Our spring break adventure kicked off in Congaree National Park, just outside of Columbia, South Carolina. Imagine over 2,000 acres of forest and swamp land about a 20 minute drive from the heart of the State Capitol. It’s hard to even begin describing the incredibleness of our stay at this park. We 100% enjoyed our stay here. Congaree National Park is a magical place.
Enjoying nature in front or backcountry campsites
We camped out for two nights in the walk-in, tent-only campsite called Longleaf, just inside the park entrance. All of the sites, including group sites, are available by reservation only through recreation.gov. There are also a handful of backcountry campsites and another designated site called Bluff Campground that require more of a hike.
The park, was designated as a National Park in 2003. It has “the largest intact expanse of old growth bottomland hardwood forest remaining in the southeastern United States.” The trees are incredible. It’s also home to some amazing wildlife. The sounds of the owls at night added a great touch to our campfire conversations. It’s also free to enter the park so there was no additional charge on top of the $10 per night camping fee.
There is no formal check-in process for the campsites, but reservations are required. The Longleaf and group campsites share a bathroom (one men’s stall and one women’s stall). Backcountry camping and Bluff Campground do not have toilets. None of the campsites have running water, although potable water is available behind the Visitor Center. It was hot during our visit so this was very useful.
Camping in Congaree was our first camping experience with Rigby. Even as she inches closer to her first birthday, she is absolutely a puppy. We had no idea how she was going to act so we opted to stay closer to our car at the walk-in sites instead of the backcountry. We definitely picked up some do’s and don’t’s for camping with a pup. The campground was busy and the majority of campers were families. You can expect that when you visit during the second week in April, which is a major Spring Break week for schools.
Settling into camp in an old growth forest
We arrived at the park around 11am after driving through the night from Connecticut . Yup, we put in a full work week, a full day at work, then hopped in the car and drove for about 16 hours. The intention of the overnight drive is to avoid loading into the campsite at night and making the most out of the first day of vacation. Even after the little to no sleep we each received we were ready for a hike, followed by an early dinner and time by the fire.
We stayed in Camp Site 4. The site is set back from the main walking path, up against the massive forest. A few sites are right along the main walking path so we were happy to be deeper in the forest, although it wasn’t too deep. The spacing between sites is nice. You’re definitely not on top of each other and have enough privacy.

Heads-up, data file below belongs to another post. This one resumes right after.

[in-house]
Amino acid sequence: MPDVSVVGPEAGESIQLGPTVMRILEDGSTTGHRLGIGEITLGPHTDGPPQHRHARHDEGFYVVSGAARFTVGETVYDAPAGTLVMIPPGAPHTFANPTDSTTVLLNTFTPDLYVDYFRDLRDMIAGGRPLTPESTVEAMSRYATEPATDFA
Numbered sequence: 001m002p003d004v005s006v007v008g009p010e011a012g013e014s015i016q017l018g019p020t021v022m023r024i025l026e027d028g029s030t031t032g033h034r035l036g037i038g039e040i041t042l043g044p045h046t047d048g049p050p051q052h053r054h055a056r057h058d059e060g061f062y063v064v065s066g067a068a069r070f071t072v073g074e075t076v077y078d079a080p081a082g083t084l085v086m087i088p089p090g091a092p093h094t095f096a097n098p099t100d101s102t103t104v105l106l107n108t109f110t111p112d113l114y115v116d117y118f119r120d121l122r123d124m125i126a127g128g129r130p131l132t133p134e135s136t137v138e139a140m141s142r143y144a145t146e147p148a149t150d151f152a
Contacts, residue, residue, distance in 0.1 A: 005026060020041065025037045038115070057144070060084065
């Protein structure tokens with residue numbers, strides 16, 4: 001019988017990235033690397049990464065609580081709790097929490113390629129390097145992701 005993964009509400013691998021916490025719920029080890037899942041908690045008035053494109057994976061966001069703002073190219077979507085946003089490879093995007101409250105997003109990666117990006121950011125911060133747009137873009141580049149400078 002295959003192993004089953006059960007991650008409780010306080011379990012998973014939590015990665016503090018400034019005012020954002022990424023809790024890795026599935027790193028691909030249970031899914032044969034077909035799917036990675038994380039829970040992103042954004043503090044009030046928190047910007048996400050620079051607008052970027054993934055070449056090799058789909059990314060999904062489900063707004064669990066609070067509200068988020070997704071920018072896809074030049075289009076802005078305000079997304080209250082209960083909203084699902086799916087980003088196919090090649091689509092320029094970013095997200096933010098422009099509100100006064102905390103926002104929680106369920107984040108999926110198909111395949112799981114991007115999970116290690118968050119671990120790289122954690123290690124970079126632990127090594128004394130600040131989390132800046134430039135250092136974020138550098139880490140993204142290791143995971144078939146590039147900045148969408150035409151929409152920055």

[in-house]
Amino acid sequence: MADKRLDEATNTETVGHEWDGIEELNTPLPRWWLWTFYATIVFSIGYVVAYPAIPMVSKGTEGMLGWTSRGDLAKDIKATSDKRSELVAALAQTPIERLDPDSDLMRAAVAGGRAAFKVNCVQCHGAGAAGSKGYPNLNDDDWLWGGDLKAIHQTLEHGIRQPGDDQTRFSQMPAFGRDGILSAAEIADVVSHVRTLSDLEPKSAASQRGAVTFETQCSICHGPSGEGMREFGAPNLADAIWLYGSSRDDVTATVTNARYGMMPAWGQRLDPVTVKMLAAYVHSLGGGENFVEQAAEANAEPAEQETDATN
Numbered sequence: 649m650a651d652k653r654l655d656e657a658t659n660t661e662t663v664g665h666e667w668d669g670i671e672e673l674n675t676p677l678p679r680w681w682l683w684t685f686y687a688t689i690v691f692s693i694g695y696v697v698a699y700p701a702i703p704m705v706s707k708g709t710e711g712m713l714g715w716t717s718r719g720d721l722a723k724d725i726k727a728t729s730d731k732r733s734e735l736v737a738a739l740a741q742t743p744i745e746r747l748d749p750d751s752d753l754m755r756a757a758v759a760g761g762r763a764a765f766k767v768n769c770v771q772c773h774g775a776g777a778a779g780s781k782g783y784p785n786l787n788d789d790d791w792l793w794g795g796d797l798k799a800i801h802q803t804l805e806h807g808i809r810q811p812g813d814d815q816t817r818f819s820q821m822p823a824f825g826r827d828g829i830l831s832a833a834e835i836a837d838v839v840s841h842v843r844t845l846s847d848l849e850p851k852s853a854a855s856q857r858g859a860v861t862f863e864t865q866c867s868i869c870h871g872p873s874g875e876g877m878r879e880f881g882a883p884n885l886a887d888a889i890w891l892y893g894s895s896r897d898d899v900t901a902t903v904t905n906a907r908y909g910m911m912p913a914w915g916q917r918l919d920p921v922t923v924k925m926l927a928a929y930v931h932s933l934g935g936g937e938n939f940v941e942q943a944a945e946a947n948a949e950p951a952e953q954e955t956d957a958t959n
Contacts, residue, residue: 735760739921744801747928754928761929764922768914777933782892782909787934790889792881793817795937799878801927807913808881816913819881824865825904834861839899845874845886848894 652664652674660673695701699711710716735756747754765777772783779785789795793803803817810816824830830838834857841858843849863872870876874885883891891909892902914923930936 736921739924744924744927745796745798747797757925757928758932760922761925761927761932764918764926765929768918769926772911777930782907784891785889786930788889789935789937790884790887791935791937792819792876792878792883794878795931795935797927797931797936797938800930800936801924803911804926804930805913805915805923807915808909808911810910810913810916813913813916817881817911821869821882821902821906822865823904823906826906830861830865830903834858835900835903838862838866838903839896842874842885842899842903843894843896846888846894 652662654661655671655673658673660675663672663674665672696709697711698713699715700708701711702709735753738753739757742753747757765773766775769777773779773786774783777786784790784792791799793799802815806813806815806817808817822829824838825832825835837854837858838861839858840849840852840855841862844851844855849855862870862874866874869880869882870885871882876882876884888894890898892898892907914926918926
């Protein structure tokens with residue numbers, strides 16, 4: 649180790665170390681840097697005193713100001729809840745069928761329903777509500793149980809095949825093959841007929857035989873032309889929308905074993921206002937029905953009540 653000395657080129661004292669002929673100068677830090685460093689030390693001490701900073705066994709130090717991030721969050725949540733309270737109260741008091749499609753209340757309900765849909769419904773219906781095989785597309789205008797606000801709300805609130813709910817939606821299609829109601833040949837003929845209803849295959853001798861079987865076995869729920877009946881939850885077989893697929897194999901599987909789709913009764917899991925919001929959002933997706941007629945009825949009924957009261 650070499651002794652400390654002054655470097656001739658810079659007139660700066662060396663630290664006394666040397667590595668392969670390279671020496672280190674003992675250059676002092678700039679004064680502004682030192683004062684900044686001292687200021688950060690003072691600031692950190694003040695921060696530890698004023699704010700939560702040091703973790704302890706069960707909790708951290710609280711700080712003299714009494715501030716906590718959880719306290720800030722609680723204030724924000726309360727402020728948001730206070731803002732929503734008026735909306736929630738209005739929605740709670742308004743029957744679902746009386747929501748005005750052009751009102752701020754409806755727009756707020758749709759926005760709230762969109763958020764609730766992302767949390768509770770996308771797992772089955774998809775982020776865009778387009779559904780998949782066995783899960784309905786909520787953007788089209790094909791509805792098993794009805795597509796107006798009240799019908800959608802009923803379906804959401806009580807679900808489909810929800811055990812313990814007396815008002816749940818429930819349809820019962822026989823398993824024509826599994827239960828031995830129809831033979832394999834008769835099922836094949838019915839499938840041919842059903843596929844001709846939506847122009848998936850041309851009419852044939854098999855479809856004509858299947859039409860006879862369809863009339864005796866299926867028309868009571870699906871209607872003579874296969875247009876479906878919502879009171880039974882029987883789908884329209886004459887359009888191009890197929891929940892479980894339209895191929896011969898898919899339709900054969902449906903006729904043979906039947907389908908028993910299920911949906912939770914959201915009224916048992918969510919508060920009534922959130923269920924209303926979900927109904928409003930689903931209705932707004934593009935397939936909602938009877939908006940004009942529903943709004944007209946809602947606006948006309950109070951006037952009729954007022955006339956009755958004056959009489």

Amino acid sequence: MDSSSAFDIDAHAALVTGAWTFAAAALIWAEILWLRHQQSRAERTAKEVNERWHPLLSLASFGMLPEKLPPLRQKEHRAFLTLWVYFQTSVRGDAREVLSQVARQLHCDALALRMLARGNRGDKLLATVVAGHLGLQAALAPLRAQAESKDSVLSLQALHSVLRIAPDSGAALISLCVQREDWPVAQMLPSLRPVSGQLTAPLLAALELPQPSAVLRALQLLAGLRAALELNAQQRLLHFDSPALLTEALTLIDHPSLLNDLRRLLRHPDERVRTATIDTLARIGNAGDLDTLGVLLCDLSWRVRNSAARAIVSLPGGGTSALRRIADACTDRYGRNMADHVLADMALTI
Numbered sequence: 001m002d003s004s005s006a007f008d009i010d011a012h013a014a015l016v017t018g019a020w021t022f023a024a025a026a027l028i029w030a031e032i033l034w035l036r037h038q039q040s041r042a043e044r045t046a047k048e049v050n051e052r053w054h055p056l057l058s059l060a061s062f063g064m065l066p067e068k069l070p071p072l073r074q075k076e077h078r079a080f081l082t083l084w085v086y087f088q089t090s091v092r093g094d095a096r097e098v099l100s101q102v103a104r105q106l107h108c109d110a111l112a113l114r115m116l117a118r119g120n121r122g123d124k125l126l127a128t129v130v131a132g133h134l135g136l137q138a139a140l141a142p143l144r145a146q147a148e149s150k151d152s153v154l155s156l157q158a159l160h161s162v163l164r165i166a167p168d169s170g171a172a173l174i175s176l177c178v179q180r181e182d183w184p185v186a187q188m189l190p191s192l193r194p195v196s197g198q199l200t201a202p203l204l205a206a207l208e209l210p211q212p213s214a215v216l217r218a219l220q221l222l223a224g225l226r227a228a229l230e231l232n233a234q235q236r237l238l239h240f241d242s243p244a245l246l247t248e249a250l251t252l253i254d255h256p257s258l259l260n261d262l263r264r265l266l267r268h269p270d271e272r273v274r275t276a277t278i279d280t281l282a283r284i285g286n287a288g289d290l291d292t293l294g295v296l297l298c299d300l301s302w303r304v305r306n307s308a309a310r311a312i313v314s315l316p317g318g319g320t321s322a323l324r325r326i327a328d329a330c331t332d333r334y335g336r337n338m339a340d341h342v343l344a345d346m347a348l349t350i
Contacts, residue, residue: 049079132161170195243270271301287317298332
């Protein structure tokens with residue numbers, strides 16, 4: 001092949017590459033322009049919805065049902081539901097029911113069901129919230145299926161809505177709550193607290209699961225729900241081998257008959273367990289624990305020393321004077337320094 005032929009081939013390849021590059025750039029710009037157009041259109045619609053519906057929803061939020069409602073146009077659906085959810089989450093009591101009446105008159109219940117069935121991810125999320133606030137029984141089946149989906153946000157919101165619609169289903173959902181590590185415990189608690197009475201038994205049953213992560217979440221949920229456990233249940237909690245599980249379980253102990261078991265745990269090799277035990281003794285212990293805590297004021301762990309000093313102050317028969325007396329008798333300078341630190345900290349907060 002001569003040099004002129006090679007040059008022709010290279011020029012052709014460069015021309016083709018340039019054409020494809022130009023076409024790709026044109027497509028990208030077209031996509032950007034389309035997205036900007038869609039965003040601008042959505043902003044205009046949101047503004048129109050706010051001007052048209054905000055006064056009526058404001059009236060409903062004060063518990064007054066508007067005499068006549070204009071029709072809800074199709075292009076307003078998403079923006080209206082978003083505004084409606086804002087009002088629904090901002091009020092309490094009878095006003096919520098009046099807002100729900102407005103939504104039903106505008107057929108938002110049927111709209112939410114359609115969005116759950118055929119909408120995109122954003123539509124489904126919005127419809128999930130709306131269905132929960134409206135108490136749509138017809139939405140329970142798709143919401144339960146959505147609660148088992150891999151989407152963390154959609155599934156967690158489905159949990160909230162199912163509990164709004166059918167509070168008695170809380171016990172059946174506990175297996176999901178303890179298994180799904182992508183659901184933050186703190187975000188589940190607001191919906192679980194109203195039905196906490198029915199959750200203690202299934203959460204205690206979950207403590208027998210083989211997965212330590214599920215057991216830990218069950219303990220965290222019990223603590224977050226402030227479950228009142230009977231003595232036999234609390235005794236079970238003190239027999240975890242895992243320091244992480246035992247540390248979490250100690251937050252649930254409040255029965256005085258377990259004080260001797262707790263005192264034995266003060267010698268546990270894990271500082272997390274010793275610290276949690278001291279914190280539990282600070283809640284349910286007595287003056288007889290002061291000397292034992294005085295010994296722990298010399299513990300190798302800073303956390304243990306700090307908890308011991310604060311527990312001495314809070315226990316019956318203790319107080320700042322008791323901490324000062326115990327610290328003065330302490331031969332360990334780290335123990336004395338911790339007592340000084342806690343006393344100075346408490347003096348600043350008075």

While Tony set up the campsite I ran to the closest grocery store to pick up all of our perishable foods. The nearest spot was a Food Lion an easy 16 minute drive from the park. With a full vegetarian menu, there was a lot of fresh produce to buy…and adult beverages too.
Things to do within Congaree National Park
Once we were settled in it was time to explore. Not only were we there to take an incredible canoe trip on Cedar Creek, within the park limits, but we also wanted to explore as much of the park as we could. Congaree’s incredible boardwalk winds through a portion of the park. The elevated portion looks out over vegetation and is a great spot for wildlife watching, but there’s also a ground level section. The week leading up to our visit was a week full of rain and severe storms in South Carolina so the park was experiencing serious flooding. If you visit, bring waterproof boots so you can walk through some of the flooded sections. We did! Seeing the park flooded made the experience all the better. You saw the real impact the nature has on this area.
We hiked the boardwalk twice, once in the evening and once in the morning. On our second walk, the flooding (and construction) convinced us to get off of the boardwalk and hike one of the trails back towards the Visitor Center. The self-guided walking tour of the boardwalk gives you more background on the landscape you’re taking in. Pick up a brochure just outside the Visitor Center doors to learn a lot about the surrounding area.
As historians and educators, you know we had to do this! Tony walked Rigby and I read the walking tour aloud as we came to each marker. To keep the knowledge flowing between the markers, I read portions of the Congaree park brochure as well.
Rigby and other pups are welcome!
Rigby had a ball exploring. Congaree National Park is super dog-friendly. They allow dogs in all outdoor areas, including hiking trails, all campgrounds (front and backcountry), and on the boardwalk.
If you can make your way to South Carolina, go to Congaree National Park. If you’re not the camping type, there are accommodations close by in Columbia. We most definitely found our park here.